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Tanzania mining urged to clean up image
March 5, 2017, 5:13 pm
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Tanzania literally sits on a goldmine; the country also has sizeable quantities of gemstones, diamonds and a vast array of other much-sought-after minerals. Tanzania is Africa’s fourth largest gold producer with the shiny metal accounting in 2015 for $1.27 billion in revenue, which was 89 percent of the country’s total mineral exporting revenue.

Despite these mineral resources and income, Tanzania remains one of the poorest countries in the world. Among the factors exacerbating this poverty are global mining companies. Over the years, these mining companies with headquarters in Canada, UK and elsewhere in Europe have been able to influence policies and win dubious mining contracts that gave them unfettered access to extractive mining, which ruthlessly exploited the country, its people and its environment.

A 2008 mining report revealed how the country was losing large amounts of money from foreign investment in the sector due to low royalty rates and generous tax exemptions. There is also the question of transparency — some companies are said to be falsifying production and profit figures. Many of these companies while continuing to loot the country of its resources, have claimed a difficult operating environment and falling global prices to report recurring annual losses.

Now, the country’s President John Magufuli has ordered the companies to either shape up their act or ship out.  “It is inconceivable that companies continue to operate if they were perennially making losses; it is better for them to leave,” he said. Tax evasion, corruption and mismanagement of the country's natural resources have been at the core of the President's agenda since he came to power last year.

One of the leading gold mining companies in Tanzania is the Canada-based Acacia Mining, formerly known as African Barrick Gold, which despite mining from three separate mines has repeatedly reported incurring losses. The company declared a net loss of $52 million in the first quarter of 2015, after setting aside $70 million to settle an historic tax bill from the government.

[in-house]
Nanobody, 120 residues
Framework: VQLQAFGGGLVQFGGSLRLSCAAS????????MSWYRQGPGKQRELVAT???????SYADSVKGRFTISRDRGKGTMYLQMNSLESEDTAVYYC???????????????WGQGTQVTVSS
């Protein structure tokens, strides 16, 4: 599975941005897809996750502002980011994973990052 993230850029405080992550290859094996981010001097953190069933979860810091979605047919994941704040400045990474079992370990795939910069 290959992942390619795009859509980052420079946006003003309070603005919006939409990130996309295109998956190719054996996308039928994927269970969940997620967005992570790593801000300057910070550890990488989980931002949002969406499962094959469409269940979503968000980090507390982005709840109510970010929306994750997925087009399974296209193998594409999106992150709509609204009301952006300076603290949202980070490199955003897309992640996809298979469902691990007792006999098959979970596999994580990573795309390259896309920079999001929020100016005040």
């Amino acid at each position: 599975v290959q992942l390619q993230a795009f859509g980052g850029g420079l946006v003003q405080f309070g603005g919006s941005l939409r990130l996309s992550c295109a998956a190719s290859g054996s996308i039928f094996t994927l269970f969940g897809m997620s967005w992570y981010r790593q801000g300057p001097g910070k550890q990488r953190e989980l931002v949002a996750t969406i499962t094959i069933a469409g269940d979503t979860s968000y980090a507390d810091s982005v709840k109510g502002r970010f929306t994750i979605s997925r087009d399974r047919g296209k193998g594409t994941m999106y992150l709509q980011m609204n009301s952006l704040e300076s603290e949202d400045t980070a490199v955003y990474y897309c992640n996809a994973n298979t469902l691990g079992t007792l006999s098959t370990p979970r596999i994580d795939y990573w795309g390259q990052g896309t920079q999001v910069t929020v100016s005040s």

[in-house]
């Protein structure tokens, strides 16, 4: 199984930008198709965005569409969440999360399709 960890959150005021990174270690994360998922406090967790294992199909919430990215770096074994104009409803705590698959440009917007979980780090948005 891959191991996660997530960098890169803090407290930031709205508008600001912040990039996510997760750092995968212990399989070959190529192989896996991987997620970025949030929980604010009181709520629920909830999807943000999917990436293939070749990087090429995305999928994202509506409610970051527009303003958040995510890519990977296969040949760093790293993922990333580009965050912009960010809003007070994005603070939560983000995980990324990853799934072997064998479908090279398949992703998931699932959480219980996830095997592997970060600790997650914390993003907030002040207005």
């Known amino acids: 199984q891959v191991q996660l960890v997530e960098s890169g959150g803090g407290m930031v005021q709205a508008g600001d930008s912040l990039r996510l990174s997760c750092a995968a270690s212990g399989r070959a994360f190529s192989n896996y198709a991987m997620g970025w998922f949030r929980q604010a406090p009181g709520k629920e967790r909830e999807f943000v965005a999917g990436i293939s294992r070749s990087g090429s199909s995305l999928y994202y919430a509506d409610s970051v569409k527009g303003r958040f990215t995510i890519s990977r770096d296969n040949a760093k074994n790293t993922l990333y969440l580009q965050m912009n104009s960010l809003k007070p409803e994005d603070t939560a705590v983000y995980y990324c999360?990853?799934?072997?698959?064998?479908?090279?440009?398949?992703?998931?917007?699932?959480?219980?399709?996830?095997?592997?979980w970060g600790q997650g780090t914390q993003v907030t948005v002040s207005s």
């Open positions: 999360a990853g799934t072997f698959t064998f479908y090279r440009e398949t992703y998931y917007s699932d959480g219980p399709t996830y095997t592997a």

The Tax Revenue Appeals Tribunal in Tanzania recently found the multinational company in tax arrears, and accused it of engaging in a "sophisticated scheme of tax evasion" since 2010. The tribunal ruled that the mining firm failed to pay taxes while still paying more than $400 million in dividends to its shareholders from its gold-mining profits in the country.

"Tanzania has a lot of minerals, but there have been a lot of funny deals in the past. We have to look carefully at our laws so that we move forward as a country," said President Magufuli. He accused the mining companies of a lack of transparency in their mining operations and failing to comply with the country’s tax codes.

He said the government recently approved new mining regulations aimed at ensuring that the benefits of the mining sector are shared more equitably between multinational mining companies and the state. The government also passed a mining law in 2010 that increased the royalty paid on minerals like gold from 3 per cent to 4 per cent. It also required the government to own a stake in future mining projects and for mining companies to be listed on the Dar es Salaam Stock Exchange.

Trade Mispricing

“Combating international tax avoidance and evasion, corruption and weak governance are crucial if Africa’s people are to benefit from the continent’s vast natural resource wealth”

Former UN Secretary-General and Chair of African Progress Panel Kofi Annan

Africa continues to lose more through illicit financial outflows than it receives in aid and foreign direct investment.

Trade mispricing, the deliberate over-invoicing of imports or under-invoicing of exports by entities in a country, usually for the purpose of avoiding paying tax or levies in that country, alongside other illicit outflows cost the continent $38.4billion and $25billion respectively between 2008 and 2010.

The revenues generated for major companies in many cases dwarfed the gross domestic product (GDP) of the countries they operate in. For instance, in 2012 the global oil firm Shell’s total revenue of $272 billion was higher than the GDP of most nations in Africa and more than the GDP of Africa’s top two oil exporters — Nigeria ($244 billion) and Angola ($104.3 billion).

In conflict-embroiled Democratic Republic of Congo (DRC), the privatization of five state-owned assets to foreign investors, operating through offshore companies registered in the British Virgin Islands and other jurisdictions, led to loss of $1.3 billion to the country.

This was more than double the health and education budget of DRC, a country associated with the sixth highest child mortality rate in the world, endemic malnutrition and seven million out of a total of 11.2 million children without access to school. Meanwhile, the under-pricing generated returns of over 500 percent to the offshore companies involved.

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